Monday, November 21, 2011


The deposition of an important witness, taken this week in a Miami civil suit pending between a Brazilian cattle export company and an employee accused of embezzling funds and thereafter wiring them to accounts she had access to in Panama, has confirmed that the fraudster used part of the money to pay off what appears to be a debt in Panama, and then had the balance remitted to the personal account of her husband, Didimo Alberto Navarro, reportedly adding her on as a signatory.          

 The case, involving the former clerical employee, Lourdes Cajale, which was detailed here recently in an article entitled When While-Collar Crime becomes Money Laundering*, is a classic illustration of the fact that, when the proceeds of most crimes (known as predicate acts) are deposited into the global financial system, or even when such deposits as attempted, unsuccessfully, the crime of money laundering, with its maximum 20-year penalty under US law, generally occurs.

Since the last article, further discovery in the case has indicated that Ms. Cajale, who left a number of unhappy creditors behind in her native Colombia, including one who holds an unsatisfied final judgment, moved some of the stolen funds from the US, into Panama, and back into the United States. The extended family of the owner of the company has recently received a number of kidnapping threats, telephoned to relatives in Barranquilla, in an attempt to discourage them from seeking justice in the United States. That is an indication of the true character of the individual who embezzled from her employer.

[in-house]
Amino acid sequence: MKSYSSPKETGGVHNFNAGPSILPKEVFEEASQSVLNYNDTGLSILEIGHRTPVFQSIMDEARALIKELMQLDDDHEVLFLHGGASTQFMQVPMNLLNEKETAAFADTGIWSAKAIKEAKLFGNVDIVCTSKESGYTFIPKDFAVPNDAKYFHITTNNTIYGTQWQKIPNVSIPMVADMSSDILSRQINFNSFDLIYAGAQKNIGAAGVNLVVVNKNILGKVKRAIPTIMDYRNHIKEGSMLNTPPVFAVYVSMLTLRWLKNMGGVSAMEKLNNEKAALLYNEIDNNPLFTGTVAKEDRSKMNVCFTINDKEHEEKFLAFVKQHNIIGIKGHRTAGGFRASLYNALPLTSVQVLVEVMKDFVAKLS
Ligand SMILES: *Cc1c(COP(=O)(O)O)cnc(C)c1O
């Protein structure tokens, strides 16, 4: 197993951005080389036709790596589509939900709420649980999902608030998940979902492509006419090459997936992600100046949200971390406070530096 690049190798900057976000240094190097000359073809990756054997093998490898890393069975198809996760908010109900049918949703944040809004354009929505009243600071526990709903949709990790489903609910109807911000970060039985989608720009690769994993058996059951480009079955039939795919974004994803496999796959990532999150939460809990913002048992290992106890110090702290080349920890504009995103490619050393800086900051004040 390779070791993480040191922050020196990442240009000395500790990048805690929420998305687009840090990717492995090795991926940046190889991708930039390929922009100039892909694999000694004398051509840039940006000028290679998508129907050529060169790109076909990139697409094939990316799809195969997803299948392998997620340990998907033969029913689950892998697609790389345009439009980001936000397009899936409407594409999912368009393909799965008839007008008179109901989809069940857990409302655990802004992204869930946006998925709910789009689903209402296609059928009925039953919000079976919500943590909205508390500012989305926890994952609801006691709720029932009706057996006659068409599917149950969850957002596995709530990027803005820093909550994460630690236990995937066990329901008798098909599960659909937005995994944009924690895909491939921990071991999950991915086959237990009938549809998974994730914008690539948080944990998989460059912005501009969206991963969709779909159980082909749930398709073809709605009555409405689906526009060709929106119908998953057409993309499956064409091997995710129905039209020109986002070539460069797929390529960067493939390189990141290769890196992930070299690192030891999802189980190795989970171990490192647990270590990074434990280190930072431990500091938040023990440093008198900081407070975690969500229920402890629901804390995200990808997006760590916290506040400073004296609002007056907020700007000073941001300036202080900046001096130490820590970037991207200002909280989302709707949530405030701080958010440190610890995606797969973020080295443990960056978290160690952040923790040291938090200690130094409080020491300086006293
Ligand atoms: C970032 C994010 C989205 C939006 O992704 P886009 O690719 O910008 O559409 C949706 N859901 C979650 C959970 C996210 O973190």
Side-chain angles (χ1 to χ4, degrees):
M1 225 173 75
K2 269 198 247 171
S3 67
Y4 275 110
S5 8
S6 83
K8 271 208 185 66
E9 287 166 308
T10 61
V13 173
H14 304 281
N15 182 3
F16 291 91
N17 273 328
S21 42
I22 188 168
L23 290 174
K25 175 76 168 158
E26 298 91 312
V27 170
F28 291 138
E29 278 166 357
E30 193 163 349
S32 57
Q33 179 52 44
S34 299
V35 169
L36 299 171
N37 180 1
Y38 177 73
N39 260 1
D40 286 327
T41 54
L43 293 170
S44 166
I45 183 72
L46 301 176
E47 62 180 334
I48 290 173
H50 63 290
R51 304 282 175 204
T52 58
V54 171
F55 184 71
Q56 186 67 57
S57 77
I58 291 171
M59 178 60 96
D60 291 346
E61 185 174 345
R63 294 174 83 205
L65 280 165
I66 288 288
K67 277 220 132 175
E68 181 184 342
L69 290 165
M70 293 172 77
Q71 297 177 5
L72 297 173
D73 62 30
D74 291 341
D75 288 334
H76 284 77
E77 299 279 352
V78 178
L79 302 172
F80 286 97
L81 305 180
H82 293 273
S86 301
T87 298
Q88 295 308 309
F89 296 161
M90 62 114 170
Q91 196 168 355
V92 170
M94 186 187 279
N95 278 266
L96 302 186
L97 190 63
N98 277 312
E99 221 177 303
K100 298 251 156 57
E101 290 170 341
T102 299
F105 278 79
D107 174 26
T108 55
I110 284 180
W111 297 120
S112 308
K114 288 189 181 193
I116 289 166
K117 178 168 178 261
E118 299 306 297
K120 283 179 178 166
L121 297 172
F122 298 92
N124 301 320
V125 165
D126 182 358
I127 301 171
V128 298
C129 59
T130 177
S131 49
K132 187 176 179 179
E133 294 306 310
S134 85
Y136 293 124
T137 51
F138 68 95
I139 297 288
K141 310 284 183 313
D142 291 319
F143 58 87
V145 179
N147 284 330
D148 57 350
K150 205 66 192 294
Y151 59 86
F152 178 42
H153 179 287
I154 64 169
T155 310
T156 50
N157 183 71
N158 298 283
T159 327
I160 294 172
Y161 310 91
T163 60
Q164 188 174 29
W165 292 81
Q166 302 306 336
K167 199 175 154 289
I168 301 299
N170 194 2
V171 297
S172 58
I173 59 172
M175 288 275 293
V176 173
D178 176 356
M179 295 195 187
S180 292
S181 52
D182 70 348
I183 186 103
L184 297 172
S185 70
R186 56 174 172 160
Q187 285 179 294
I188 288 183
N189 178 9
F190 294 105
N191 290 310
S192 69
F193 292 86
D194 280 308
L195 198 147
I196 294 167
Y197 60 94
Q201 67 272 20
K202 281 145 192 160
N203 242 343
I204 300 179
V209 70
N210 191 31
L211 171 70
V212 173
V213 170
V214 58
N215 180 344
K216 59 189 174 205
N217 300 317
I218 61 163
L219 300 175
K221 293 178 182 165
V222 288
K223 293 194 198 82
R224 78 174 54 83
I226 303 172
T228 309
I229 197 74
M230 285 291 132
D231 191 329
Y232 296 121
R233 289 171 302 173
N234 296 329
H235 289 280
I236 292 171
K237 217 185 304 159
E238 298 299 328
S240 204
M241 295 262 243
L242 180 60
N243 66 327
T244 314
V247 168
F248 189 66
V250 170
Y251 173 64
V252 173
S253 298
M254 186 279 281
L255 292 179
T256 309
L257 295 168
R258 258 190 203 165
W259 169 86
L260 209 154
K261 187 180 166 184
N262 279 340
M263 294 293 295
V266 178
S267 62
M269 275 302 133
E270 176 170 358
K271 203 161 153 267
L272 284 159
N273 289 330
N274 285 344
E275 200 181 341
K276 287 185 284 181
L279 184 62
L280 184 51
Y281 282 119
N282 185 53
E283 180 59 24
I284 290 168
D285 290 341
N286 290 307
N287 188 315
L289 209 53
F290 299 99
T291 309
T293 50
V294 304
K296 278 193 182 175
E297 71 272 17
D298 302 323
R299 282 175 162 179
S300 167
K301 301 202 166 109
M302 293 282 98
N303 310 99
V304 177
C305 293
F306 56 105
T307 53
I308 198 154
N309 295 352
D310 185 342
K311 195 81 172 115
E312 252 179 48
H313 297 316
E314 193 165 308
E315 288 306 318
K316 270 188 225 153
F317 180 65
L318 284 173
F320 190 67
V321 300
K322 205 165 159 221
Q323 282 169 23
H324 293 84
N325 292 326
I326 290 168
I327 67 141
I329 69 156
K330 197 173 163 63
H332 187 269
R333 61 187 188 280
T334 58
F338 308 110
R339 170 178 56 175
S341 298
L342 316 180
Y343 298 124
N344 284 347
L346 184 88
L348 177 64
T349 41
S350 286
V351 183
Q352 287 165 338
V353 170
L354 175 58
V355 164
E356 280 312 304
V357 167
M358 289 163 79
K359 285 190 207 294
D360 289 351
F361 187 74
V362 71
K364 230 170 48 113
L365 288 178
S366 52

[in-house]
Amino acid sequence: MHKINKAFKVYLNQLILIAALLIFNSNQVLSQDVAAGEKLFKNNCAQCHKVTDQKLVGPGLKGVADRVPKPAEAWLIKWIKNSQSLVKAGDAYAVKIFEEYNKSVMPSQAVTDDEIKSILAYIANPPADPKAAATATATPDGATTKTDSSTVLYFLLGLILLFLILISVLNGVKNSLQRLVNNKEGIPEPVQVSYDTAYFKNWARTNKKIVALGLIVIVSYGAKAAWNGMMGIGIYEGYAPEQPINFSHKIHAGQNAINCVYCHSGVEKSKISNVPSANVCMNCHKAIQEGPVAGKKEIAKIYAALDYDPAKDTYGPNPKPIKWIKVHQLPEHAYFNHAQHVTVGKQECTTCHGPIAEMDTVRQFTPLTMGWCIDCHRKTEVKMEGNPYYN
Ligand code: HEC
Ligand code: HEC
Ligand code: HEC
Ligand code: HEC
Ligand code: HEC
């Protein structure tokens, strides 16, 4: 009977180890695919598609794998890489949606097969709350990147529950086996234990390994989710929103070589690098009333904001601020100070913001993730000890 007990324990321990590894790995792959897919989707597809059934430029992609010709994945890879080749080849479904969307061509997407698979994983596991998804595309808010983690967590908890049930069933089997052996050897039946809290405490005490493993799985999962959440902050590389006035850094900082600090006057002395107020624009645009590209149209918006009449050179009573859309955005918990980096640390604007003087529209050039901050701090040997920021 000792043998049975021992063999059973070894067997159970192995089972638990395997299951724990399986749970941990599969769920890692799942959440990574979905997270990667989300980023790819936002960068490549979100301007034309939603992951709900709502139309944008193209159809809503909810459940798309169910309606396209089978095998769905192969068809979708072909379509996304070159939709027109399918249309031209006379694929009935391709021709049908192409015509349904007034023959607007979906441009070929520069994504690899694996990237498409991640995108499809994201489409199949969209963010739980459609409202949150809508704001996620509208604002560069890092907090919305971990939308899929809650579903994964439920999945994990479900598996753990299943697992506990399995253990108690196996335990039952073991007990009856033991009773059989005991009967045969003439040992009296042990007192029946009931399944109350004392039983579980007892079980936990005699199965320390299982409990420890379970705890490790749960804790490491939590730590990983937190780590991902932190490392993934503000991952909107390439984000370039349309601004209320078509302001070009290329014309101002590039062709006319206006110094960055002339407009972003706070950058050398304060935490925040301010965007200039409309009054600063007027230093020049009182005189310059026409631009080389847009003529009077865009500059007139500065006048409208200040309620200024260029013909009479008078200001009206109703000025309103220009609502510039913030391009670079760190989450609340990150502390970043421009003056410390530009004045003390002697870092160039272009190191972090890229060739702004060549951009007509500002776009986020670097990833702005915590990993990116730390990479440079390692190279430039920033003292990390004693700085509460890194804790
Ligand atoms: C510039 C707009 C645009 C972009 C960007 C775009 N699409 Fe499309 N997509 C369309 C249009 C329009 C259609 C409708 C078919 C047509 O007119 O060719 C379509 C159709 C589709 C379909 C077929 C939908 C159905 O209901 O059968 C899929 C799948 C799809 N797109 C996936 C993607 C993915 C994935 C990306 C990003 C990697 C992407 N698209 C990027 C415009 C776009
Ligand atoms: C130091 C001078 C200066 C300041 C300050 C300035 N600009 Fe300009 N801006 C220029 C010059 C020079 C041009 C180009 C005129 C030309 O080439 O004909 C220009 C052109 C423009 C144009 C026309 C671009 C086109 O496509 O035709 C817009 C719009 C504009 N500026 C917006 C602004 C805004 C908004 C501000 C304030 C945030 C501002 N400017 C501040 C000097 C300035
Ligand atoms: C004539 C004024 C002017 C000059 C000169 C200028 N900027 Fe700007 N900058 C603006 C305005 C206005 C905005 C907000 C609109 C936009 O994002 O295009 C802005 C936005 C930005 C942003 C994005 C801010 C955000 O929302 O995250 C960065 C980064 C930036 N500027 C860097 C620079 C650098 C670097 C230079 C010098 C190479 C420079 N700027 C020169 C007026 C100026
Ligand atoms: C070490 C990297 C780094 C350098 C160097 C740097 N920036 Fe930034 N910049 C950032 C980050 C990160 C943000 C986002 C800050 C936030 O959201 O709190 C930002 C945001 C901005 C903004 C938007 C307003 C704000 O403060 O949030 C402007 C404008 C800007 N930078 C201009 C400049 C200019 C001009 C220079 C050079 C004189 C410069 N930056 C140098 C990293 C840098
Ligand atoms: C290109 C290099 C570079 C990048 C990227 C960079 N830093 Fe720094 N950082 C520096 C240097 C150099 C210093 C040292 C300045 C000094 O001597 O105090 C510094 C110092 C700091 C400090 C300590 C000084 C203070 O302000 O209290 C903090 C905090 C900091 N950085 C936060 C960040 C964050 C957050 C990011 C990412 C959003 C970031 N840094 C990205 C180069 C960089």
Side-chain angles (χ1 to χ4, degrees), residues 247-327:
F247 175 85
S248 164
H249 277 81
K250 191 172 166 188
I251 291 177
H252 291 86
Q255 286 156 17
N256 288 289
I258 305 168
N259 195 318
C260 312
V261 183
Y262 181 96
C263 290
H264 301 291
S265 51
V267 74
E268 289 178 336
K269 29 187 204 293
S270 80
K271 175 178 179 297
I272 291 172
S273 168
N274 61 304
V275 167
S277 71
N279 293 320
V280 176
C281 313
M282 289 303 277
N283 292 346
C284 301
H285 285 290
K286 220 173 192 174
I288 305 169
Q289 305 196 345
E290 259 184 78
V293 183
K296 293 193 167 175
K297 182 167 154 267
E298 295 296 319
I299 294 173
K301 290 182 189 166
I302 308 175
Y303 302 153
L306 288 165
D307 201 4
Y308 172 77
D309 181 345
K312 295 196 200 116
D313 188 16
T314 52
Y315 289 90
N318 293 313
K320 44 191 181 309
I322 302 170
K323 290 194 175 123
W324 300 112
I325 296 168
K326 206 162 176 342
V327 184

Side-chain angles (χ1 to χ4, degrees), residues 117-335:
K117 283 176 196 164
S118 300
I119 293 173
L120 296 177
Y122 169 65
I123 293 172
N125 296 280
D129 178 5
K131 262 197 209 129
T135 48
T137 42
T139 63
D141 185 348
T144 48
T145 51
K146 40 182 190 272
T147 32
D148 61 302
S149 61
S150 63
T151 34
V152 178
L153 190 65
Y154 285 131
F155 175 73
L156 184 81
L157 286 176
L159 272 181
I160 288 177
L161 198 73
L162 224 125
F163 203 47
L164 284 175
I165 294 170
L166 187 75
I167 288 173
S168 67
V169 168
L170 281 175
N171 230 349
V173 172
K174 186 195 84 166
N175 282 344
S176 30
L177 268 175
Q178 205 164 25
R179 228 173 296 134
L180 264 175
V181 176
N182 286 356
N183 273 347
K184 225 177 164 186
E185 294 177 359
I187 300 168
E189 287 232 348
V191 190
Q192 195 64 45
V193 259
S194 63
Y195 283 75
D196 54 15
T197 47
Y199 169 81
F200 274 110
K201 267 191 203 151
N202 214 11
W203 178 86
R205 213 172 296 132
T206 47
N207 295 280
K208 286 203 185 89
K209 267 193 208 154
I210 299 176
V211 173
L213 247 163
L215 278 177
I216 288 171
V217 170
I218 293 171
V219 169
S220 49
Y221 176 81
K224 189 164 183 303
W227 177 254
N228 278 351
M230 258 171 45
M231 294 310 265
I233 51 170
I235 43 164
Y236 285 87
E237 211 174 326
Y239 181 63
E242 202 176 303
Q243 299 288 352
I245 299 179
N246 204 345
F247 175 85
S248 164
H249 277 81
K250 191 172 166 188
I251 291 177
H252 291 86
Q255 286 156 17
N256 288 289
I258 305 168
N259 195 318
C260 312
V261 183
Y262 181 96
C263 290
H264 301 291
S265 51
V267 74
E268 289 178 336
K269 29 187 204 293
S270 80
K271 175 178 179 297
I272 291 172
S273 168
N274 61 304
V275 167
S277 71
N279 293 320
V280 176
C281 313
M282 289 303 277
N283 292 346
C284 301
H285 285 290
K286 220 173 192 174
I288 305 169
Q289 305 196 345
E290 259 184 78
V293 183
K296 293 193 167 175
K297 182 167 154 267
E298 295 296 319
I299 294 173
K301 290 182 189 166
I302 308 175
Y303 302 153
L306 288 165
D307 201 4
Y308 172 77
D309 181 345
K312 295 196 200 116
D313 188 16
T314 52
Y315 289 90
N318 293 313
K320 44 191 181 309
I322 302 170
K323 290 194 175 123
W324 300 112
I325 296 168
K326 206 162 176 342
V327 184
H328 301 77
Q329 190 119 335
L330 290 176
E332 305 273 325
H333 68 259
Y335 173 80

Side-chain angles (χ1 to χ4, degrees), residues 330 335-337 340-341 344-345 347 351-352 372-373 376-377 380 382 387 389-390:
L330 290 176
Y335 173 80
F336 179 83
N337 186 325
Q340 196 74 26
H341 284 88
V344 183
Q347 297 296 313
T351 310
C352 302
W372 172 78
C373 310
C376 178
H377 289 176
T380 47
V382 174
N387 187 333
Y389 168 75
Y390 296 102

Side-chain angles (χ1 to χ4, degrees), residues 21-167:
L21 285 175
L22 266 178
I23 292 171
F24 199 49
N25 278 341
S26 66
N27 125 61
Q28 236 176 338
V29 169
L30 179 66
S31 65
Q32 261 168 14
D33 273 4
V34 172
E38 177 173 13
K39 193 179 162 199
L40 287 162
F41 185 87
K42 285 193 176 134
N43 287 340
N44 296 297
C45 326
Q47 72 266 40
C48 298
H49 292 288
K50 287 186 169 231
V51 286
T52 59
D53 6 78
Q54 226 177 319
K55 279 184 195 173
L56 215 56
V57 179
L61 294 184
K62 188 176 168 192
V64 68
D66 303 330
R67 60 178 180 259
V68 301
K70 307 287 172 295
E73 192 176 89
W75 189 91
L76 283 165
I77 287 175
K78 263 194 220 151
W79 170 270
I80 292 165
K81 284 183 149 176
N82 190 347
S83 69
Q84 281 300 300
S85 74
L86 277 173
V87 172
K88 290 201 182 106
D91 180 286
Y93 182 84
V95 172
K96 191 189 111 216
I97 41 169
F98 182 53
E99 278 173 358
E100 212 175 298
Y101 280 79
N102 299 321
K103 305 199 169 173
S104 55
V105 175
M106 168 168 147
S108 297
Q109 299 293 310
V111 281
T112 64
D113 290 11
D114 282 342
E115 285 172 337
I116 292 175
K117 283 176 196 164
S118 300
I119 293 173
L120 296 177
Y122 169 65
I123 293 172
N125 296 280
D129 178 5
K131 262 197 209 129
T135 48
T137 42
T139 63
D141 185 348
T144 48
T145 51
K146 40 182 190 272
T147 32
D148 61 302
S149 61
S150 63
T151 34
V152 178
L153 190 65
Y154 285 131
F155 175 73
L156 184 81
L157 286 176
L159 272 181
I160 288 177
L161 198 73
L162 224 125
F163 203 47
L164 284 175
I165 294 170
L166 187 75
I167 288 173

Thus, even a minor white-collar crime will frequently morph into a money laundering event. In addition, prosecutors often also charge individuals having relatively minor roles with money laundering conspiracy. The significant penalties that these charges bring often convince defendants to enter guilty pleas to lesser counts, rather than risk a potential long sentence upon conviction after trial, for laundering. The next time that a client asks you to do a favour for him or her, and facilitate a financial transaction that is unusual, think twice, if you want to keep your freedom and your job.

Will the evidence produced in the civil case** result in a Federal criminal money laundering indictment against the fraudster in Miami, and others who facilitated the financial transfers in Panama ? We cannot say, but we will continue to follow all developments in this case, as they occur.
*The article first appeared on 18 October, 2011.
**Case No.: 09-64119 CA (15) Eleventh Judicial Circuit, in and for Miami-Dade County, Florida .

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